With the arrival of cooler temperatures and falling leaves, many of us are looking forward to annual fall activities, like sporting events, pumpkin patches, trick-or-treating, holidays and family gatherings. There is another annual visitor that is as predictable as the seasons, but not as welcome.
“Seasonal influenza, at its mildest, makes people miserable and keeps them out of work and school for days,” said Michele Bever, health director for South Heartland District Health Department. “Influenza also has the potential to make people very sick, especially those who are at higher risk for complications from infection.”
Symptoms of influenza can include fever, cough, sore throat, headache, chills, muscle aches, and fatigue. According to Bever, influenza “should not be confused with gastrointestinal illness,” which she says is often called the “stomach flu.” “Influenza, or “true flu”, is a respiratory (nose, throat, lungs) illness and is an annual threat responsible for widespread illness, hospitalization, and death.”
Whether it will be a ‘bad flu year’ or not depends on which versions of the influenza virus show up, but data collected by the Centers for Disease Control and Prevention (CDC) show that 9.2 million to 35.6 million people are affected by influenza each year in the United States and 140,000 to 710,000 are hospitalized for respiratory and heart condition illness associated with season influenza virus infections. In addition, the CDC reports that the number of deaths over the past 16 years ranged from about 12,000 to 56,000 per year.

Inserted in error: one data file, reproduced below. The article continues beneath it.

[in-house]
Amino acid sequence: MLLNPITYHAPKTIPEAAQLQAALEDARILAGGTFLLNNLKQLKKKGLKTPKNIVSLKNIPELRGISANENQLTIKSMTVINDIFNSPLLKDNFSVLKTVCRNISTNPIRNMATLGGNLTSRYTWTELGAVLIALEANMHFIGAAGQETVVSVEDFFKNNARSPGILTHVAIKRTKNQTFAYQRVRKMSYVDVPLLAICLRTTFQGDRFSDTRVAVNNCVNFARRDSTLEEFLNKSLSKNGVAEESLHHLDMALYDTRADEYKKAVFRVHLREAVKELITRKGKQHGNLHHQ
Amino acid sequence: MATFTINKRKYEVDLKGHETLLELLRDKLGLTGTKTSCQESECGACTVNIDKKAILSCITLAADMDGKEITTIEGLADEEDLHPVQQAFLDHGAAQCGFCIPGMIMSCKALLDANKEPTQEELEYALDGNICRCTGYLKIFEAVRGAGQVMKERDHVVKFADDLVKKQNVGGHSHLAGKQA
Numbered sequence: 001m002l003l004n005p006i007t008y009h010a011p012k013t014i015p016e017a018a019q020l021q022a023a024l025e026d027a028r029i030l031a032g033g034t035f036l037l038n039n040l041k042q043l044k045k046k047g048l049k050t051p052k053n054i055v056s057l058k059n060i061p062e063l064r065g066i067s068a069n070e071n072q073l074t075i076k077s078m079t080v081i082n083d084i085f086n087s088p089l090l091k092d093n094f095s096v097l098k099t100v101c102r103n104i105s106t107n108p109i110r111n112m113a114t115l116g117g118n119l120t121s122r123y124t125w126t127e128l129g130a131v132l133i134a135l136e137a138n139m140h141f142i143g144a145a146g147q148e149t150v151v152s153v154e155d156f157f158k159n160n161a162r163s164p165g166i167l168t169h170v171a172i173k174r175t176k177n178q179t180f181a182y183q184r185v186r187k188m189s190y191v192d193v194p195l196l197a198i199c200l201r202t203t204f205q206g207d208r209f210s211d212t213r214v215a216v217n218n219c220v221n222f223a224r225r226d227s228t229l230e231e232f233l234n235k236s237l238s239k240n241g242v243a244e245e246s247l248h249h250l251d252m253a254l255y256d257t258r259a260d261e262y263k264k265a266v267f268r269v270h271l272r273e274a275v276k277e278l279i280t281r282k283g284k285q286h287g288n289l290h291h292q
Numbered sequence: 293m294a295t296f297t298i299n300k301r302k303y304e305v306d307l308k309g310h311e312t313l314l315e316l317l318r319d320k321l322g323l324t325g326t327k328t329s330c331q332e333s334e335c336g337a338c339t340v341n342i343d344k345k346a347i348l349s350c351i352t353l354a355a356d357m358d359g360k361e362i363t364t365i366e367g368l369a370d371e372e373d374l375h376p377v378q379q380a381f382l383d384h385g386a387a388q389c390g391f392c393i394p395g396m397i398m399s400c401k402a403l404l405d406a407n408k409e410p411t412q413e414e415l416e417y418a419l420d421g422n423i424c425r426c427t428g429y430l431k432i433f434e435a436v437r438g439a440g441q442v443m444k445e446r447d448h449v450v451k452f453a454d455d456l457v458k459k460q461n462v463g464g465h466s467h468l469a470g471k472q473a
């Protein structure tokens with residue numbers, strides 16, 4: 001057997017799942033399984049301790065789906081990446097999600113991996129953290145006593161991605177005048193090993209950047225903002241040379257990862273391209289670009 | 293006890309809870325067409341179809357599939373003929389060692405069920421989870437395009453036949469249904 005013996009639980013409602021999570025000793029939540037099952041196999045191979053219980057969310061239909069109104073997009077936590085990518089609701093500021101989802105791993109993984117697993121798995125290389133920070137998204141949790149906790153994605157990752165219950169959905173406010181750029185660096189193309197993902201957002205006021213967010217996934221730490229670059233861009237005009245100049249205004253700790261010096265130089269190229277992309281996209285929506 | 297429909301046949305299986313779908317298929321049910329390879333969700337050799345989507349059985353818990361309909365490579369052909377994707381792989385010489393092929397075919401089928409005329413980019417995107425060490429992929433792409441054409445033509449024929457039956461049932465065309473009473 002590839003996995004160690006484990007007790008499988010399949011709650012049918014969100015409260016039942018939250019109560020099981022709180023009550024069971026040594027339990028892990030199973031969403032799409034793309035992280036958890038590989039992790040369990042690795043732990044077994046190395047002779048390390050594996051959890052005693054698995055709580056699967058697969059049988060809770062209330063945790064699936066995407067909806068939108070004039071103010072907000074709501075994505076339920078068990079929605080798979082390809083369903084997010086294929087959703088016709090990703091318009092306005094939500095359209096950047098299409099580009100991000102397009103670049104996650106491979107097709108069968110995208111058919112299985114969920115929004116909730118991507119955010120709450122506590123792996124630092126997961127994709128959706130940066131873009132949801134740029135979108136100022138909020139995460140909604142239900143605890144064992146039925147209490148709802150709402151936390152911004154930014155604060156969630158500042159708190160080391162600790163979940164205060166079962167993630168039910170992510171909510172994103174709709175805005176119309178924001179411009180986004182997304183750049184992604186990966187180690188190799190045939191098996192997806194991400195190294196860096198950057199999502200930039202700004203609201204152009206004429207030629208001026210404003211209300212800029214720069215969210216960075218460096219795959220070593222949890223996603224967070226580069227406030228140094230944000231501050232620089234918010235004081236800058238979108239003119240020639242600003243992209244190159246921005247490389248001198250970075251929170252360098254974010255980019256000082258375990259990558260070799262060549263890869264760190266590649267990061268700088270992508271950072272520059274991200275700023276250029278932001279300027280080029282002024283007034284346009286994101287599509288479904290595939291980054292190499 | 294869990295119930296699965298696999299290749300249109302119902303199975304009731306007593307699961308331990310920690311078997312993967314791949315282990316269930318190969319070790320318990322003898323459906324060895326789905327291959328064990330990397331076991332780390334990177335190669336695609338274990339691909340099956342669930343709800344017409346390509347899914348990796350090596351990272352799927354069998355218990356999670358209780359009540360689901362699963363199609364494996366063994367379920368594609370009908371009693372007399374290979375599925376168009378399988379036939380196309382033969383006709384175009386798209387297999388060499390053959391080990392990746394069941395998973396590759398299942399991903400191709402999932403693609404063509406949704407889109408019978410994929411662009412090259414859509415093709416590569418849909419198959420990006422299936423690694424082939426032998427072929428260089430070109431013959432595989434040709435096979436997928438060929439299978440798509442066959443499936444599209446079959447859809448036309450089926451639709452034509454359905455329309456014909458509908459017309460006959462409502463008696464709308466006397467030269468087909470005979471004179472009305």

Dorrann Hultman, the health department’s community health services coordinator, encourages people to “protect yourself and your loved ones from influenza.” She suggests following the CDC’s “Take 3” actions to fight the flu:
- Get Vaccinated. Everyone 6 months and older should get a flu vaccine every season. It’s especially important for certain people to get vaccinated either because they are at high risk of having serious flu-related complications or because they live with or care for people at high risk for developing flu-related complications. The CDC recommends getting the flu vaccine as soon as it is available or by the end of October, before the flu begins spreading in your community.
- Take steps to prevent illness and stop the spread of germs. Prevention is the easiest way to avoid illness. Hultman explains that “simple actions, such as coughing or sneezing into your sleeve, avoiding people who are sick, and frequent hand washing will go a long way toward avoiding illness.” In addition, Hultman recommends staying home when you are sick prevents spreading the disease to others. “However, one of the best ways to avoid the flu is to get an influenza vaccination every year,” she said.
- If you get the flu, antiviral drugs can treat your illness. Antiviral drugs are prescription medicines that can shorten viral illnesses like influenza and make the symptoms less severe. They must be used early to treat people who are very sick, but they can help prevent serious flu complications, like pneumonia.
“Influenza is an annual threat. If we get vaccinated, we can reduce our chances of getting the flu, or passing it to others who are at higher risk for complications,” said Hultman.
“Most insurance covers flu vaccinations,” she said. “But if you don’t have insurance and have problems paying for a flu vaccine, contact SHDHD for help. We can help you get the flu shot this fall, not the flu!”
For more information about influenza, visit the Centers for Disease Control website at: www.cdc.gov or contact the South Heartland District Health Department at 402-462-6211 or toll free 1-877-238-7595 or on the web at www.southheartlandhealth.org.